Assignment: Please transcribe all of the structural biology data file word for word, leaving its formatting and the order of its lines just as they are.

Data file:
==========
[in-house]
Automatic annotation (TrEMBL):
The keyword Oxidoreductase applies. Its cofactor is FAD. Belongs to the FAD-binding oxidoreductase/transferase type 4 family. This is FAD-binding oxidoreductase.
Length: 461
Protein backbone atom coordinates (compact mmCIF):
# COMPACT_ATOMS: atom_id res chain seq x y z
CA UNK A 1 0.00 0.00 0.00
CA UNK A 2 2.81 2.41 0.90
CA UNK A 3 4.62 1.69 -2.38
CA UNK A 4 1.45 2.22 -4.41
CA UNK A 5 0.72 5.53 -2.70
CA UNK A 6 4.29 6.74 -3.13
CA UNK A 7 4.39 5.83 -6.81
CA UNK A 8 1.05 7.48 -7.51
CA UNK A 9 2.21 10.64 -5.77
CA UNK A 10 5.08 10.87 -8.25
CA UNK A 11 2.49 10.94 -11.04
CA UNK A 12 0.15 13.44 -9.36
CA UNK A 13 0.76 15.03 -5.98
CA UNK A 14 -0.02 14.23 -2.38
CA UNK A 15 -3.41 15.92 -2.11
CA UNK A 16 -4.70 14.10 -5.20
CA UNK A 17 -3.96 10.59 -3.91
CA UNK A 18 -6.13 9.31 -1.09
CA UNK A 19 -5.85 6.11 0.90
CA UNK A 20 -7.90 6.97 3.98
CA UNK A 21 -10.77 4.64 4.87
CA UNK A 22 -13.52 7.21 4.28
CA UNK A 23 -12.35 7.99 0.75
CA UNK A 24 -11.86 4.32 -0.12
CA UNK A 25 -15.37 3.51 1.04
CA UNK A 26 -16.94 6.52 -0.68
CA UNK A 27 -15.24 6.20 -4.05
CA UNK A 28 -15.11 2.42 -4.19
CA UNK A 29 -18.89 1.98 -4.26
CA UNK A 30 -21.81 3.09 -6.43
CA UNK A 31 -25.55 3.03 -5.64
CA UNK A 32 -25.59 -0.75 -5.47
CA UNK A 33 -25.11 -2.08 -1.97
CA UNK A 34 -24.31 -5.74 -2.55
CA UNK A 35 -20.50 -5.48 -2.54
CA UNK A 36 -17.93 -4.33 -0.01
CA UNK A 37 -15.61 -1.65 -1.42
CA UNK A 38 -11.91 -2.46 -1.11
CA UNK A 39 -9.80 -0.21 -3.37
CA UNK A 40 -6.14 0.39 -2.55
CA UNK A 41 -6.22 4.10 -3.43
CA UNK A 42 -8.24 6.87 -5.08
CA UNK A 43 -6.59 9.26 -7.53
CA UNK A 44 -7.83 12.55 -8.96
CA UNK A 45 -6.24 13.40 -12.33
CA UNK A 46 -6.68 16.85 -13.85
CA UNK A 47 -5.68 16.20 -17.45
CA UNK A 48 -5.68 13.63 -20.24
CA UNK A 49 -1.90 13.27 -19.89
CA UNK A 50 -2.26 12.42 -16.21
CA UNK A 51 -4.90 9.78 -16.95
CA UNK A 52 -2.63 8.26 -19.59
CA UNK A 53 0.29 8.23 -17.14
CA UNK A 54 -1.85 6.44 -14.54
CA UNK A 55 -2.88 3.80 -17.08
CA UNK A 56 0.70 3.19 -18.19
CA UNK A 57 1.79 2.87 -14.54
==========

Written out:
[in-house]
Automatic annotation (TrEMBL):
The keyword Oxidoreductase applies. Its cofactor is FAD. Belongs to the FAD-binding oxidoreductase/transferase type 4 family. This is FAD-binding oxidoreductase.
Length: 461
Protein backbone atom coordinates (compact mmCIF):
# COMPACT_ATOMS: atom_id res chain seq x y z
CA UNK A 1 0.00 0.00 0.00
CA UNK A 2 2.81 2.41 0.90
CA UNK A 3 4.62 1.69 -2.38
CA UNK A 4 1.45 2.22 -4.41
CA UNK A 5 0.72 5.53 -2.70
CA UNK A 6 4.29 6.74 -3.13
CA UNK A 7 4.39 5.83 -6.81
CA UNK A 8 1.05 7.48 -7.51
CA UNK A 9 2.21 10.64 -5.77
CA UNK A 10 5.08 10.87 -8.25
CA UNK A 11 2.49 10.94 -11.04
CA UNK A 12 0.15 13.44 -9.36
CA UNK A 13 0.76 15.03 -5.98
CA UNK A 14 -0.02 14.23 -2.38
CA UNK A 15 -3.41 15.92 -2.11
CA UNK A 16 -4.70 14.10 -5.20
CA UNK A 17 -3.96 10.59 -3.91
CA UNK A 18 -6.13 9.31 -1.09
CA UNK A 19 -5.85 6.11 0.90
CA UNK A 20 -7.90 6.97 3.98
CA UNK A 21 -10.77 4.64 4.87
CA UNK A 22 -13.52 7.21 4.28
CA UNK A 23 -12.35 7.99 0.75
CA UNK A 24 -11.86 4.32 -0.12
CA UNK A 25 -15.37 3.51 1.04
CA UNK A 26 -16.94 6.52 -0.68
CA UNK A 27 -15.24 6.20 -4.05
CA UNK A 28 -15.11 2.42 -4.19
CA UNK A 29 -18.89 1.98 -4.26
CA UNK A 30 -21.81 3.09 -6.43
CA UNK A 31 -25.55 3.03 -5.64
CA UNK A 32 -25.59 -0.75 -5.47
CA UNK A 33 -25.11 -2.08 -1.97
CA UNK A 34 -24.31 -5.74 -2.55
CA UNK A 35 -20.50 -5.48 -2.54
CA UNK A 36 -17.93 -4.33 -0.01
CA UNK A 37 -15.61 -1.65 -1.42
CA UNK A 38 -11.91 -2.46 -1.11
CA UNK A 39 -9.80 -0.21 -3.37
CA UNK A 40 -6.14 0.39 -2.55
CA UNK A 41 -6.22 4.10 -3.43
CA UNK A 42 -8.24 6.87 -5.08
CA UNK A 43 -6.59 9.26 -7.53
CA UNK A 44 -7.83 12.55 -8.96
CA UNK A 45 -6.24 13.40 -12.33
CA UNK A 46 -6.68 16.85 -13.85
CA UNK A 47 -5.68 16.20 -17.45
CA UNK A 48 -5.68 13.63 -20.24
CA UNK A 49 -1.90 13.27 -19.89
CA UNK A 50 -2.26 12.42 -16.21
CA UNK A 51 -4.90 9.78 -16.95
CA UNK A 52 -2.63 8.26 -19.59
CA UNK A 53 0.29 8.23 -17.14
CA UNK A 54 -1.85 6.44 -14.54
CA UNK A 55 -2.88 3.80 -17.08
CA UNK A 56 0.70 3.19 -18.19
CA UNK A 57 1.79 2.87 -14.54